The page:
Lead Pharmacist at Dudley Integrated Health & Care NHS Trust and Programme Director at a Higher Education Institute, Sarah Baig speaks about the challenges she has faced professionally as a working mum-of-three and a Muslim female in a leadership role. “It’s a triple whammy!” she laughs.
Based in Dudley, Black Country, one of the most deprived areas of the country, Sarah leads the pharmacist team in a network of 11 practices at the the first Community Trust in the UK to integrate pharmacy with primary care and other services as an integrated care system.
As a deprived area, Black Country has poor population health outcomes and low life expectancy. Working collaboratively as an integrated care system, they aim "to deliver on population health improvement, medicines optimisation and medicines management across the networks to help reduce these health inequalities and improve patient outcomes."
Sarah’s South Asian heritage is a plus for improving patient access. She is fluent in the Urdu and Punjabi dialects, enabling her to better engage with patients. “It’s especially useful for the ethnic minority communities,” she says. “They like having a practitioner who’s able to converse in the same language. I have a special interest in diabetes and we have a lot of patients from ethnic backgrounds with diabetes. In my experience these patients tend to be more concordant with their medication and empowered about their condition as I am able to converse with them in their native language. It also helps that I'm from the same local area.”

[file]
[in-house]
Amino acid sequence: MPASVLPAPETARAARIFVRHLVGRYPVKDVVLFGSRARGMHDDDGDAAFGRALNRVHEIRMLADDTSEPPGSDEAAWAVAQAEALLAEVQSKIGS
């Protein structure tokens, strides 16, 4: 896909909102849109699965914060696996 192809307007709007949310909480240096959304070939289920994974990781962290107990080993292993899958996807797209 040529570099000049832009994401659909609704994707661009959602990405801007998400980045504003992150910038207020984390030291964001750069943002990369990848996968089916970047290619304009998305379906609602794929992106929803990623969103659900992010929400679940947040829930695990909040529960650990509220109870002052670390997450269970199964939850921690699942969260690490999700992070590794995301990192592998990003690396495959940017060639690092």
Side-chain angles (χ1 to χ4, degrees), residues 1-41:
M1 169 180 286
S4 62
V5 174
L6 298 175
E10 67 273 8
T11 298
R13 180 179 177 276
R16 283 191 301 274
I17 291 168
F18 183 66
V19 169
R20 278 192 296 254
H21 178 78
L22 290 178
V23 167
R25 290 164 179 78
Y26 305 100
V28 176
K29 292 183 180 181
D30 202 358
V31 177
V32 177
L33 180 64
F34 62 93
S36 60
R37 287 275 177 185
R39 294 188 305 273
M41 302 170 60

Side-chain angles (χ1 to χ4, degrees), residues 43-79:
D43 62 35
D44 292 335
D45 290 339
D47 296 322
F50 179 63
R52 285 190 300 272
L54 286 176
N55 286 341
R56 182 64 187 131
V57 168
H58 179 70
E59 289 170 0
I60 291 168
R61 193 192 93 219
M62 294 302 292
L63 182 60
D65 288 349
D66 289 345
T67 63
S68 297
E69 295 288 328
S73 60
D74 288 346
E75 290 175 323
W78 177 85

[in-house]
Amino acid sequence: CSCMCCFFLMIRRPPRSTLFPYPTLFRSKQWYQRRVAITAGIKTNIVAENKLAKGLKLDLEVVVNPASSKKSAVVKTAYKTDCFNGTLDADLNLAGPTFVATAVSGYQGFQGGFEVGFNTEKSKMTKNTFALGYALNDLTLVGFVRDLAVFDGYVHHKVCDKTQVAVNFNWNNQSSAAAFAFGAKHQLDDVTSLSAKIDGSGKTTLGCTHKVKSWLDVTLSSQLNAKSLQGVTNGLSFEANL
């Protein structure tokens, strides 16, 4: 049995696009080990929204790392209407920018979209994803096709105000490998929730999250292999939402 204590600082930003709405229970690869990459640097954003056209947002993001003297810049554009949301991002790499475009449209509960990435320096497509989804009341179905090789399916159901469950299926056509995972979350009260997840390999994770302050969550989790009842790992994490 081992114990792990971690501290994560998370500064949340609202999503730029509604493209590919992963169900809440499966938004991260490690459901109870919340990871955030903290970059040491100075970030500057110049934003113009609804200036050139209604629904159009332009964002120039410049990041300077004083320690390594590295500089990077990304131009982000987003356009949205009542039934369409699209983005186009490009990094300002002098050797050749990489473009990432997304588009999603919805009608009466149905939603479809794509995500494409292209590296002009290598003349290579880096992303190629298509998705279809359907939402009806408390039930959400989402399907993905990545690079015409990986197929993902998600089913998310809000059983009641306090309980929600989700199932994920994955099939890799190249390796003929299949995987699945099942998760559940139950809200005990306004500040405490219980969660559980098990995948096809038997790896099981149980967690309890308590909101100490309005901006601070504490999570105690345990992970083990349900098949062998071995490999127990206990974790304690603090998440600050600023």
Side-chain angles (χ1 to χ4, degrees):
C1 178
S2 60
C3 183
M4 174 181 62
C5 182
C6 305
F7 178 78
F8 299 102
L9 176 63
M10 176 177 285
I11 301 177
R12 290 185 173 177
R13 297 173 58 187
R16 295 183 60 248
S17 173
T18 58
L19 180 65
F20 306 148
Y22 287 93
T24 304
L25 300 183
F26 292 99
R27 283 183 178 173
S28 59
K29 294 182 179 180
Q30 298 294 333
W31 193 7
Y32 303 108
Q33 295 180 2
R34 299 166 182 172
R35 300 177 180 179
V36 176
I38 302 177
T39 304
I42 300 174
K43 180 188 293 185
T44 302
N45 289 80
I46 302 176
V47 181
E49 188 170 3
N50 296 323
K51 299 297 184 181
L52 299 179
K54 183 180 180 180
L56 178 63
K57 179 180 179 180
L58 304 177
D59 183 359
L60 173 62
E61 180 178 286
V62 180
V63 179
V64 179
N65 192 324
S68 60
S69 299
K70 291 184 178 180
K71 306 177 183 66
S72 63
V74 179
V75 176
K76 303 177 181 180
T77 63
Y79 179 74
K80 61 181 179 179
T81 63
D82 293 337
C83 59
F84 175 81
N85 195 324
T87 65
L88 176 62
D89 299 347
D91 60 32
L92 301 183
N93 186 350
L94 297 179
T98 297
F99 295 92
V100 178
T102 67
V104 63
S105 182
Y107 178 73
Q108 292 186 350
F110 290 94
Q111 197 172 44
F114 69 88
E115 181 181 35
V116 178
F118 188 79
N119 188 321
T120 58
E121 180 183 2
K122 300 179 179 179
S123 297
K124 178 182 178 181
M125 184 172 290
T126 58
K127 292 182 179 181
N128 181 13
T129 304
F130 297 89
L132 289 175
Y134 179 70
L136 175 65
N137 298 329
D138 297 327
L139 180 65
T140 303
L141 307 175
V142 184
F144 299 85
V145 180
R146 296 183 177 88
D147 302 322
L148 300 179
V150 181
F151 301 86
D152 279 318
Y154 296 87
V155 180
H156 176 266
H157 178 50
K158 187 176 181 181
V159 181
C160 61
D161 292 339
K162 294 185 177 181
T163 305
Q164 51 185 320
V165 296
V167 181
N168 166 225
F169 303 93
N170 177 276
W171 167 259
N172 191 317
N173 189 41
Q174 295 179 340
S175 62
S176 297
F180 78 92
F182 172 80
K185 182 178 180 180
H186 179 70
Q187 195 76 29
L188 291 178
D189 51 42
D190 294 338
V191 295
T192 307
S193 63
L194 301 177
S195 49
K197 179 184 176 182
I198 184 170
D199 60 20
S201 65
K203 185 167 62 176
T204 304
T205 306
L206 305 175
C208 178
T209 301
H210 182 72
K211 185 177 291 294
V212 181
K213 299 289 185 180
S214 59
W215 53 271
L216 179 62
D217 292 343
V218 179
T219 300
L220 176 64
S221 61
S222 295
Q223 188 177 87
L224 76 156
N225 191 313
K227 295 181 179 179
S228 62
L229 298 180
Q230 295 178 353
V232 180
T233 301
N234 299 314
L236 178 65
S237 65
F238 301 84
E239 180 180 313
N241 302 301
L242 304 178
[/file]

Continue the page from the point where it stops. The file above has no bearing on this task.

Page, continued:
Throughout her fifteen-year career, Sarah has weathered negative stereotypes about the parenting responsibilities of Muslim, South-Asian heritage women. She believes it has made it hard for her to adopt more senior roles and to progress in her career.
“When I have tried to apply for more senior positions," she explains, "at times I have been discouraged because of the fact that I have children. I have inevitably had to take multiple side steps in my career to get where I want to be. In my previous role, I came up against a glass ceiling where I felt that I could not progress any further, and it was frustrating. Although more qualified than my peers, I watched other none-BAME female colleagues, often those that I had developed, bypass me because they were in full-time work."
Sarah was forced to make a difficult decision to leave her clinical role and change sectors to progress in her career: "Ultimately," she says, "this was one of the reasons I went into academia and primary care. Senior colleagues kept telling me, ‘You’re a mum, you’ve got children, how will you manage a full-time job in a leadership role?’
"I have always had to push boundaries,” Sarah continues. "Culturally I feel I am expected to be the mother and the carer, while the man is naturally perceived to be the provider. On top of this, there is a negative perception that Muslim women are controlled and people see this as a stereotype. For me, it’s about breaking stereotypes and pushing those boundaries.”
To explode these stereotypes, freedom of choice is essential. Freedom to study, freedom to do a particular job, freedom to be a role model and lead by example. "There should be no right or wrong," says the pharmacist. "In an ideal world there are no stereotypes.”
Women need freedom of choice to overcome stereotypes. Free will and positivity combined with positive female role models, in the immediate family and in the wider professional networks, will enable women to aspire to leadership roles: “My children feel really proud of me because their mum works in the NHS," acknowledges Sarah. "I’m proud that I’m a true role model for them. I hope that other women of South Asian Heritage and BAME backgrounds will aspire to be in leadership positions in the future.”
This article and photo originally appeared on Women in the NHS.